TUNIS, January 24, 2013 – World
Bank Group President Jim Yong Kim today concluded a two-day visit to
Tunisia during which the Group’s private sector arm, the International
Finance Corporation, announced a $48 million investment to support the
growth of private entrepreneurs. Kim met the country’s leadership and
civil society to discuss the reform agenda and Tunisia’s progress two
years after its popular uprising.
"We are here as strong supporters
of the Tunisian revolution," said Kim. "[The people
of Tunisia] went through some very difficult times, but in doing what you've
done, you've inspired the entire world. [Now] we've got to make sure that
Tunisia is successful in showing that Islam and democracy go together,
that you can have economic development that includes everyone."
Kim emphasized ongoing World Bank Group
support for Tunisia’s aspirations through programs that address improved
governance and accountability, opportunities for women and youth, private
sector job-creation and investments in interior regions.
During his visit, Kim met with the Tunisian
authorities, including: Moncef Marzouki, President of the Republic;
Hamadi Jebali, Prime Minister; and several Cabinet members including
Riadh Bettaieb, Minister of Investments and International Cooperation;
Elyes Fakhfakh, Minister of Finance; Ridha Saidi, Minister
of Economic Affairs in the Prime Minister’s Office; Sihem Badi,
Minister of Family and Women’s Affairs; and Khalil Zaouia, Minister
of Social Affairs. Kim also met Chedly Ayari, the Central
Bank Governor and Mustapha Ben Jaafar, President of the Constituent
The World Bank recently approved a $500
million budget support program for Tunisia,
designed to underpin the government’s efforts to improve the business
environment, strengthen financial sector stability, reform key social services
and advance transparency through improved access to public information
and more transparent budgeting. This support was part of a multi-donor
effort to which the African Development Bank and the European Union provided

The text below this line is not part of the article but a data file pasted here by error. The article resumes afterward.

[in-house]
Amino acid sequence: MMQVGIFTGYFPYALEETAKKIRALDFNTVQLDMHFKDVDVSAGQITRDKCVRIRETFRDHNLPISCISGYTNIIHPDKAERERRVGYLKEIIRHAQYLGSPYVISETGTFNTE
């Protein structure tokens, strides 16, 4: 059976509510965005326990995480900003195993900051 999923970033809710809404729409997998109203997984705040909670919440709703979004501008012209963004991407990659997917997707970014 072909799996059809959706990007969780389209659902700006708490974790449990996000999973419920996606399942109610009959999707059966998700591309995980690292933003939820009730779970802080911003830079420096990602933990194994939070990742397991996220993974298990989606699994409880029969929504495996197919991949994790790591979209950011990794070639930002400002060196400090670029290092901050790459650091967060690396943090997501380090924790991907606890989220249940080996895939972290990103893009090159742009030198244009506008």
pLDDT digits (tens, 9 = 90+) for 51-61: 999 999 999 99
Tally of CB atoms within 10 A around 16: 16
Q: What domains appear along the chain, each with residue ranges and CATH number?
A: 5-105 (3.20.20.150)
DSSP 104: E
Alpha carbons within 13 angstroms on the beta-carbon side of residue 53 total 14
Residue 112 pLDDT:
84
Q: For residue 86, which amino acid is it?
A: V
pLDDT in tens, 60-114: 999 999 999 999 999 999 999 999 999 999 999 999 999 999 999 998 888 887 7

an additional $700 million to bolster the reforms.
During Kim’s visit, the International
Finance Corporation (IFC) signed an agreement with Amen Bank to support
smaller businesses and drive job creation in Tunisia. IFC and two funds
managed by the IFC Asset Management Company will invest up to $48 million
in Amen Bank capital. IFC will also provide Amen with advice in risk management
and corporate governance. The partnership is expected to help Amen Bank
expand its lending to smaller businesses, which often have trouble accessing
the financing they need to grow. With this investment, IFC's commitments
in Tunisia will amount to $105 million since January 2011.
Kim also held meetings with Tunisian
civil society and business representatives. He discussed the need for consensus
around key reforms and stressed the importance of the continued involvement
of all sectors of Tunisian society in the country’s transition.
"It was a very inspiring experience
for me to meet with representatives of civil society who were at the center
of starting the revolution that has had a truly global reach,” said
Kim after the meeting. “The opportunity to sit with them and
hear their perspectives on what needs to happen next was very enlightening.
And what was really clear to me is that ... no matter what happens, civil
society voices have changed forever and they are never going away."
Kim reiterated the importance of quickly
reaching consensus on a new constitution. Among other important issues
this would address, it would help build the stable, predictable environment
necessary to boost private sector investment and create jobs. He also underlined
the World Bank’s support for transparency and accountability through the
institution’s open government and open data initiatives.
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